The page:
The role of perceptually represented structure in analogical problem solving.

TitleThe role of perceptually represented structure in analogical problem solving.
Publication TypeJournal Article
Year of Publication2006
AuthorsCatrambone, R, Craig, DL, Nersessian, NJ
JournalMem Cognit
Volume34
Issue5
Pagination1126-32
Date Published2006 Jul
ISSN0090-502X
KeywordsHumans, Imagination, Kinesthesis, Mental Recall, Orientation, Probability Learning, Problem Solving, Reading
Abstract

Current models of analogical reasoning assume that representations of source examples and target problems occur in an amodal format--that is, a representation whose construction and processing are independent of activity in the perceptual and motor cortices of the brain. We examined the possible use of kinesthetic information--perceptual structures associated with the sensation of space and force--in the representation of source examples and target problems. Participants who recreated a source story while acting out the key elements were more likely to access the story when later working on the target problem than were participants who only verbally recreated the story or who verbally recreated it as well as sketched it. We argue that enactment made kinesthetic and spatial features more salient in participants' source story representations and that this aided performance. These results suggest that current models of analogical reasoning might be improved by including perceptual information as part of their representational schemes.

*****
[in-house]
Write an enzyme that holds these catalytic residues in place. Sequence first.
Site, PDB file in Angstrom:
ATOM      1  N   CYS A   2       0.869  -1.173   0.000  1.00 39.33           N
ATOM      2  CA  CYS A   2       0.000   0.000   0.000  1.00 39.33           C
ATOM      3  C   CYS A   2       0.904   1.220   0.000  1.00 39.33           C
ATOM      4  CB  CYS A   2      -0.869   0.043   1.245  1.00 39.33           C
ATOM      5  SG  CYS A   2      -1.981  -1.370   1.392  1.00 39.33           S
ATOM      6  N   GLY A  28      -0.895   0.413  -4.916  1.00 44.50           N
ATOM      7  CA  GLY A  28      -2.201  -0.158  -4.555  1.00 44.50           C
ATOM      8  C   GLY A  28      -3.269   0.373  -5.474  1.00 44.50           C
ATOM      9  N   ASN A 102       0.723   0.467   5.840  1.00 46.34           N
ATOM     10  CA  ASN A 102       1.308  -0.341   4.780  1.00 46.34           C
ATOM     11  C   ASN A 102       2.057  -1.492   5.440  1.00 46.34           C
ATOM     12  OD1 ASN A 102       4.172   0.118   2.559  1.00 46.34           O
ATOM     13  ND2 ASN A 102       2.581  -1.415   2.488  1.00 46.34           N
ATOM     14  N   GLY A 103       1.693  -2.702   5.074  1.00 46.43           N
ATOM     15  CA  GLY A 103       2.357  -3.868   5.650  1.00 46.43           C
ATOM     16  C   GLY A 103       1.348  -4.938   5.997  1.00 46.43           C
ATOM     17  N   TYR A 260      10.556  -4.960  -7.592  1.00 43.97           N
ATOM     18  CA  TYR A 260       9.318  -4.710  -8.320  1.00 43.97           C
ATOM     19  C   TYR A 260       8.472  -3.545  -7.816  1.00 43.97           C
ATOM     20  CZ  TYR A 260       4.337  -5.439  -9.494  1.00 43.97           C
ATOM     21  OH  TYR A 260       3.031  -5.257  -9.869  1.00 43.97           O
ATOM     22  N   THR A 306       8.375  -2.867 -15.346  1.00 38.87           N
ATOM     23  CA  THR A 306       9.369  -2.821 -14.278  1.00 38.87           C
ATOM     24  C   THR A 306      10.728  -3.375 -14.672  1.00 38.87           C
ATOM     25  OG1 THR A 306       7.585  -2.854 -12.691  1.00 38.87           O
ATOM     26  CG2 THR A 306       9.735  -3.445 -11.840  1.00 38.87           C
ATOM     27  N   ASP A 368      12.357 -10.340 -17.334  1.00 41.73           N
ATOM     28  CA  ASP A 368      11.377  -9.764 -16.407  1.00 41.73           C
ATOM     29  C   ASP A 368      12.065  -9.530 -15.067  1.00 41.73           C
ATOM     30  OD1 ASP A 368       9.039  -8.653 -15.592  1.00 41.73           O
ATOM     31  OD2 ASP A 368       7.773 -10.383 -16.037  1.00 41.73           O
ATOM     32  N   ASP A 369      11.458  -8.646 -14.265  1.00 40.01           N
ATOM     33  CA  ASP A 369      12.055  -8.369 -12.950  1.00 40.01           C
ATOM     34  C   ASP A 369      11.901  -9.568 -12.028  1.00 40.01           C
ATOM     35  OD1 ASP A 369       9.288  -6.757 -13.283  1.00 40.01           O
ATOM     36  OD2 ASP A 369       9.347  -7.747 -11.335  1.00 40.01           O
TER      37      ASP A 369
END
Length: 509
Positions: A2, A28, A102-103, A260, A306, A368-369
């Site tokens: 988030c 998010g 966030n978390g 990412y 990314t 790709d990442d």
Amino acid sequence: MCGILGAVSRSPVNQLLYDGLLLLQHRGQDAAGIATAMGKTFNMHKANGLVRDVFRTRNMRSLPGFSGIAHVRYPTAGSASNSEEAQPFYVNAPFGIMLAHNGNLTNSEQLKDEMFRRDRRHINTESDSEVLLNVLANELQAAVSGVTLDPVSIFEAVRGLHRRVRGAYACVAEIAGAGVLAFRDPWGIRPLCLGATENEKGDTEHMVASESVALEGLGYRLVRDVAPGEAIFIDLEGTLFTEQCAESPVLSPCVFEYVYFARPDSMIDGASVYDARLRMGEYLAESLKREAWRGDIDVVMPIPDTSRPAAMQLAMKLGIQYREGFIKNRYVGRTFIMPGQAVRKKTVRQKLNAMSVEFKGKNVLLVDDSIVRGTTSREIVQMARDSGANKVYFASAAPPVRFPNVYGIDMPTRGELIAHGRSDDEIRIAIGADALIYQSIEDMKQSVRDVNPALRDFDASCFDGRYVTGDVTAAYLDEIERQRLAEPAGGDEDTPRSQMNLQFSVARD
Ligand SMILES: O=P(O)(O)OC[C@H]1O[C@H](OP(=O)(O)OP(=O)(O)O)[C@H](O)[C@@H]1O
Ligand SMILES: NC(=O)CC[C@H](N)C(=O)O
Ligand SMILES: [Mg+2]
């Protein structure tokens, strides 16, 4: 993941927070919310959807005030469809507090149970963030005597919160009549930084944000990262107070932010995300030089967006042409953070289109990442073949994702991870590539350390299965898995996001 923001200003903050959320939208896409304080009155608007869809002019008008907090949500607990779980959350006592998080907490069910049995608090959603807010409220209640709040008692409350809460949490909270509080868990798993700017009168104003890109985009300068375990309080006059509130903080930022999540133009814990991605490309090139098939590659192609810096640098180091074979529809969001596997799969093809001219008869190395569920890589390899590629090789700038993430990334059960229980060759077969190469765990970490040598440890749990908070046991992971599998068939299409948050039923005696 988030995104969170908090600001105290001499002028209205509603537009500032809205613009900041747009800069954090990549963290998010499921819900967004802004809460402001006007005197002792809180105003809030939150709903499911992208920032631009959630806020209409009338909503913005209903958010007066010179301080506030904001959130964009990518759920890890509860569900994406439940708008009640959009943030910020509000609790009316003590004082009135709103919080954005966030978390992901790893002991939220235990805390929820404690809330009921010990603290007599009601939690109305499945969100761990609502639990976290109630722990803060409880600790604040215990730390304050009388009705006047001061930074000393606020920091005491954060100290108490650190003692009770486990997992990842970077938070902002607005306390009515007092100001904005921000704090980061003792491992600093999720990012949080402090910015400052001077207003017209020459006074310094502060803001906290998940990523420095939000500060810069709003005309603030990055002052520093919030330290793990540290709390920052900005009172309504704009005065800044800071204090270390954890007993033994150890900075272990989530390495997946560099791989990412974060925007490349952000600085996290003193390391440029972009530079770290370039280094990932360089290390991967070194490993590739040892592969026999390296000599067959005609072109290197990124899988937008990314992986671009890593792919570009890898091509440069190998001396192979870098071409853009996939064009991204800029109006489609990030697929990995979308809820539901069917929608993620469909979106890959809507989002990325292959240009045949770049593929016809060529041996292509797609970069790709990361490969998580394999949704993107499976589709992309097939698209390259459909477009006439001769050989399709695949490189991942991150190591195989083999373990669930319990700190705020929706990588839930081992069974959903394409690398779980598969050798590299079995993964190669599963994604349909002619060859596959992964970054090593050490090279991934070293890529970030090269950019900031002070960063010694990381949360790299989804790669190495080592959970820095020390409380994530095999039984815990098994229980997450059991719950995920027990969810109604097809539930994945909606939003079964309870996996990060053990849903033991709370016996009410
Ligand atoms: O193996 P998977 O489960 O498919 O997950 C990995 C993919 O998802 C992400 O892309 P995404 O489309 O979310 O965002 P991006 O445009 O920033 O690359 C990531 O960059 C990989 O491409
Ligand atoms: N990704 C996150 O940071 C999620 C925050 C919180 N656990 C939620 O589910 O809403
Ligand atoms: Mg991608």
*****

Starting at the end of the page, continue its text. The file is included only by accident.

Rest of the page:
Alternate JournalMem Cognit
PubMed ID17128610

Add new comment

Plain text

  • No HTML tags allowed.
  • Web page addresses and e-mail addresses turn into links automatically.
  • Lines and paragraphs break automatically.